Superheroes Don't Always Wear Capes

Alumnus Vladimir Sainte addresses mental health in children through writing and social work
Childrens book author Vladimir Sainte

Our ongoing story starts with people from around the world, converging here at UMKC. Get to know our people and you'll know what UMKC is all about.

Vladimir Sainte, LCSW

Hometown: Queens, New York

UMKC degree program: B.A., sociology ’07, Master of Social Work ‘10

Vladimir Sainte is helping children by carrying forward the mentoring he received as a young man. Originally from Queens, New York, his mother sent him to live in Kansas City with his uncle, William Jacob, hoping he would be a good mentor for Sainte. Her strategy was a success; Jacob instilled a love of learning and a desire to give back.

Could you tell us a little about your work?

I’m a team leader for client care in mental health at Truman Behavioral Health, and worked previously as a counselor and crisis clinician. I also write children’s books to create inclusive literature to increase awareness of diversity and tolerance.

Why did you choose this career/field?

As an undergraduate, I knew I wanted to get my master’s degree.  I took Introduction to Social Work with Grey Endres. He’s this great guy who wears Hawaiian shirts and superhero belts to class. He showed me that social work can be a profound and beautiful career – where you get to play with kids all day!  

"With power comes great responsibility."-Vladimir Sainte

 How did you become an author?

I was working with a black boy who was struggling with his identity. I was looking for a book that might help him and I couldn’t find anything, so I decided to write one myself. I wrote “Just Like a Hero” – a story about Will, a black boy who is coping with daily struggles – to highlight the importance of personal value. I didn’t expect it to escalate, but I’m happy it’s been recognized. My books are designed as a reminder of how important we all are.

The other reason I focused on a young black boy in my first book is because I wish I’d had something like this growing up. Throughout my career, I’ve seen that some people in the African American culture can treat mental health issues as taboo. If we know someone who has mental health issues – that person is crazy. We don’t talk to them. It’s like a plague. And we act as if we ignore it, maybe it will go away. 

I wanted to reach diverse backgrounds through boys or girls who look like me. 

"We need to accept people as they are – shine the flashlight on that – and let them know if things are difficult that it’s not going to be this way forever.”

What did you most appreciate about UMKC?

Meeting my wife, who was in the social work program with me. We were friends first. She has been my rock and my pillar through my career and my books. I can be in the clouds – she is analytical. She’s instrumental to my process.

How did UMKC and your UMKC connections help prepare you for your career?

Elaine Spencer-Carver, School of Social Work’s director of field education, saw the potential in me. I saw Grey Endres as a mentor. He taught my last undergraduate class and I told him I’d applied to the MSW program. He helped place me in my practicum at Gillis Center my last year in the program and it became my first job.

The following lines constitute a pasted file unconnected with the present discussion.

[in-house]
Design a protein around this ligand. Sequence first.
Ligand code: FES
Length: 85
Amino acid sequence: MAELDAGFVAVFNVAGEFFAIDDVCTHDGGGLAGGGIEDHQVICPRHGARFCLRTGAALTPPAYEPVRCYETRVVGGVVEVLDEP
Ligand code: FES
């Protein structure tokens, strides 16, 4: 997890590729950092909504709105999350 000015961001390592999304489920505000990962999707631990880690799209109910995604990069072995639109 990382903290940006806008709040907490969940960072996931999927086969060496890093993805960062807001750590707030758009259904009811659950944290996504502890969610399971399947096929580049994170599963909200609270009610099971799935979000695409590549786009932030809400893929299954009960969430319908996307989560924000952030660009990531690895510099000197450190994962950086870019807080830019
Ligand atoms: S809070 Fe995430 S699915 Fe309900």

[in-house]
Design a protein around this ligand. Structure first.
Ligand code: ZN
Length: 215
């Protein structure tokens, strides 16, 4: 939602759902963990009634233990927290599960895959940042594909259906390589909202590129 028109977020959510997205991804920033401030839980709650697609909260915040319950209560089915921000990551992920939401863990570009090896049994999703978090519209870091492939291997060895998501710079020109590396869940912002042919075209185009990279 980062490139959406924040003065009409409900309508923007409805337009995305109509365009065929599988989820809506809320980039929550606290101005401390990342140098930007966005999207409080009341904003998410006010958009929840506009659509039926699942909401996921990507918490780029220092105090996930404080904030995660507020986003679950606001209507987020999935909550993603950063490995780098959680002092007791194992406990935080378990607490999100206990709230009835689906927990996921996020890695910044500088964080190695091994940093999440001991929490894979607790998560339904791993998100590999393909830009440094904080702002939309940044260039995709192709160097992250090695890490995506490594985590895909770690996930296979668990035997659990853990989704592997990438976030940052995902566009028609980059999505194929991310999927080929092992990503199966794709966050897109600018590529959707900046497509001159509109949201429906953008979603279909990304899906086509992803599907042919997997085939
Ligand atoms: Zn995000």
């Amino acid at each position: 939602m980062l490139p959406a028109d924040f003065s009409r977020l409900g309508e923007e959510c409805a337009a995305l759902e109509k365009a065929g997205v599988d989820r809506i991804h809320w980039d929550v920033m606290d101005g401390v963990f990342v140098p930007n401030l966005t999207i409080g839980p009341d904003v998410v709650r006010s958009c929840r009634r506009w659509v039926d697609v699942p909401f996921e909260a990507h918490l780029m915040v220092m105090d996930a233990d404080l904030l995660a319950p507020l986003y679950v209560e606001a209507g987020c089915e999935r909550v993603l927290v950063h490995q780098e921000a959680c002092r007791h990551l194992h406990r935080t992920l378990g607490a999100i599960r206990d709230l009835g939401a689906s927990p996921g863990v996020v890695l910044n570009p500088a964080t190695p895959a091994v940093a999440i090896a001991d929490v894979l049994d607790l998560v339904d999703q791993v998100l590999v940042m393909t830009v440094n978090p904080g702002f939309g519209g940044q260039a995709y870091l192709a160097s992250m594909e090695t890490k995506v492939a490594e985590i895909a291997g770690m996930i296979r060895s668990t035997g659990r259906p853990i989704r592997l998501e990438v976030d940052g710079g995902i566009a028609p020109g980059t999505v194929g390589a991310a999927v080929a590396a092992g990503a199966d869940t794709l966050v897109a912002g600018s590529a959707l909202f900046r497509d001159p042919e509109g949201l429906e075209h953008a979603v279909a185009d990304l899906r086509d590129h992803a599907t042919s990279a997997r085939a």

Do you have a personal motto or words you live by?

I love comic books, and Spiderman’s motto has always resonated with me.

“With great power comes great responsibility.”

As a social worker, I am an agent of change – that has great power. Kids learn through their environments. If we’re stressed, they feel that. We need to show acceptance, support and compassion.  We need to accept people as they are – shine the flashlight on that – and let them know if things are difficult that it’s not going to be this way forever.

Who has been a great influences in your life?

My uncle, William Jacob, who was an engineer in Kansas City, was very influential. When I was a 16-year-old kid living in New York, I hung out with kids who weren’t interested in school. I wasn’t interested in school. I had terrible grades and was searching for connection, which I found with the wrong group of people. He and my mother came up with the plan for me to move to Kansas City so he could mentor me. He saw my potential, even though I didn’t. Every Tuesday night after watching The Andy Griffith Show, he’d sit down with me to do one hour of algebra. I hated it, but he pushed me. He made me enjoy education. With his influence, I saw a future for myself.

"Every Tuesday night after watching The Andy Griffith Show, he’d sit down with me to do one hour of algebra.  I hated it, but he pushed me.  He made me enjoy education. With his influence, I saw a future for myself.”

How are you now using your influence to impact others?

I hope I’m helping to break down the stigma of mental illness by raising awareness in children. For me, that’s through creating books that talk about mental health. It’s important for kids to understand that it’s OK to be anxious or depressed, but you have worth. You are important. Mental health struggles don’t signify or create a boundary. My first book, “Just Like a Hero,” is about a young black boy, and the second, “It Will be Okay,” is about a Latina girl. The third and fourth books also feature children of color with their own challenges.

Recently, I spoke at Turner Middle School. A girl came up to me after my presentation and thanked me. She said she’d struggled with feeling sad for herself, and that she doesn’t feel important. My presentation helped her understand that she can talk about that. It was breathtaking to hear.

Published: Feb 19, 2020

Top Stories